Outlaw King, 2018.
Directed by David Mackenzie.
Starring Chris Pine, Florence Pugh, Billy Howle, Stephen Dillane, Aaron Taylor-Johnson, James Cosmo, Sam Spruell, Tony Curran, Callan Mulvey and Duncan Lacroix.
A true David v Goliath story of how the great 14th Century Scottish ‘Outlaw King’ Robert The Bruce used cunning and bravery to defeat and repel the much larger and better equipped occupying English army.
Something about Outlaw King’s trailer suggested that it could be an awful, pseudo-Brave Heart filled with battle cries and terrible ‘Scotch’ impersonations; perhaps long on battle scenes but awfully short on history. With David Mackenzie behind the driving wheel though, acclaimed director of Hell or High Water and a real-life Scottish person, we can all relax.
This Netflix production has a fresh, wry script – even from as early as the opening notes that set the scene in fourteenth-century Scotland. Throughout Outlaw King, the screenplay avoids exposition but also makes sure circumstances and characters are easy enough to grasp in this telling of the exploits of Scottish national hero, Robert The Bruce, in his quest to grant his country independence from England. The dialogue is also judiciously judged, being neither over-the-top historical and clunky, or too bland and anachronistic.
Filmed in its homeland of Scotland, Outlaw King features some stunning landscapes as well as a fair bit of rain (let’s be realistic after all, shall we?). It’s also chock full of gore, mud, angst-fuelled yelling – and yes, even a few stuck-out tongues. The haircuts are also truly awful, from short pudding bowls to mullets, as well a fair bit of tonsure among the church folk: we can assume, therefore, that historical accuracy was important to the film’s team. The pleasing production design certainly suggests so.
Outlaw King is blessed with some great actors, including a fair few from the casts of Game of Thrones and Outlander in supporting roles – they have, after all, already passed the bearded, mucky and/or Scottish test! The Scottish accents are either genuine or mercifully decent too. Chris Pine’s is perfectly adequate as Robert and doesn’t even get in the way of his natural charm (neither does his mullet), proving that we should never doubt him. Director Mackenzie is also proven correct in his decision to cast the American actor in what would otherwise be a very random choice, were it not for their Hell or High Water connection.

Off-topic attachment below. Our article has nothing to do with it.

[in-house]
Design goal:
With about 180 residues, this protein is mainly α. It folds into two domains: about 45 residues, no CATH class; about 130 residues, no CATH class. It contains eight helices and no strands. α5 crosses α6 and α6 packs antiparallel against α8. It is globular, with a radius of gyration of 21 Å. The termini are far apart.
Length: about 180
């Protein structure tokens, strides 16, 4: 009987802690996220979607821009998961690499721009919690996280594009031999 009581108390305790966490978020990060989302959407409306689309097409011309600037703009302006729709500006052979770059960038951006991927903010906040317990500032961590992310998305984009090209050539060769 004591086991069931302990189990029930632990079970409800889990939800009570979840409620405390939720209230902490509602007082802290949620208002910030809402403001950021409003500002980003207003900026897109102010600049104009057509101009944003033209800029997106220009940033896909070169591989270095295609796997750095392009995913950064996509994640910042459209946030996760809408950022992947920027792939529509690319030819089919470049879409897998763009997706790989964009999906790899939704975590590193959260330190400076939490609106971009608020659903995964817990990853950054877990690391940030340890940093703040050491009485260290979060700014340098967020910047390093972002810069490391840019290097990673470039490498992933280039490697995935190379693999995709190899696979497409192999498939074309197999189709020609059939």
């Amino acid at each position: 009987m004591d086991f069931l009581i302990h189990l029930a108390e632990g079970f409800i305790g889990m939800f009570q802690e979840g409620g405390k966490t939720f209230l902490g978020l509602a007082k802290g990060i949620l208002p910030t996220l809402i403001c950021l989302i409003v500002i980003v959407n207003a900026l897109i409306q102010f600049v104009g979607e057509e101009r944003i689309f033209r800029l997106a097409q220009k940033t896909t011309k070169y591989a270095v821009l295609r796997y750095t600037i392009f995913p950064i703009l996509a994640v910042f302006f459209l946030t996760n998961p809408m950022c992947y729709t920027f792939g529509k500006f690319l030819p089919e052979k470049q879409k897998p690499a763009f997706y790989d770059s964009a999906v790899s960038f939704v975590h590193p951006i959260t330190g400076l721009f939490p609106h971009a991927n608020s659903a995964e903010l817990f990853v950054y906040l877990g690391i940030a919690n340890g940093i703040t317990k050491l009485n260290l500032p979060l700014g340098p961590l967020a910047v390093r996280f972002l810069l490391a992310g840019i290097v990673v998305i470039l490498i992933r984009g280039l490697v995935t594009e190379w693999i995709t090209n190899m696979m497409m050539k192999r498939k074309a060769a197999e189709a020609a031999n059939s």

Florence Pugh continues to excel as Robert’s new English wife, Elizabeth de Burgh. Not only does she have an interesting character to play in a difficult situation, but the part has been pretty well-written for a lady of those times, and Pugh ensures she is multi-faceted and sympathetic.
The standout performance of the film, however, probably goes to Billy Howle, who is impressively psychotic as the unhinged Prince of Wales – aggressive yet pathetic, nasty and needy after a tough childhood with his father King Edward I (a harsh Stephen Dillane), who clearly doesn’t think much of him. It’s also good fun that there’s bad blood (and a shared craziness?) between him and his father’s military deputy in Scotland, Valence (a shaven-headed, mean Sam Spruell).
Aaron Taylor-Johnson is also clearly having a ball under all that hair as James Douglas, Robert’s deputy, who’s intent on reclaiming his family’s land but also can always find time for the ladies… See Douglas also for one of the film’s most extreme stuck-out tongues in the midst of battle – Taylor-Johnson actually manages to pull it off.
Outlaw King is a good, entertaining film that may take its history appropriately seriously but avoids taking itself so.
Flickering Myth Rating – Film: ★ ★ ★ ★ / Movie: ★ ★ ★ ★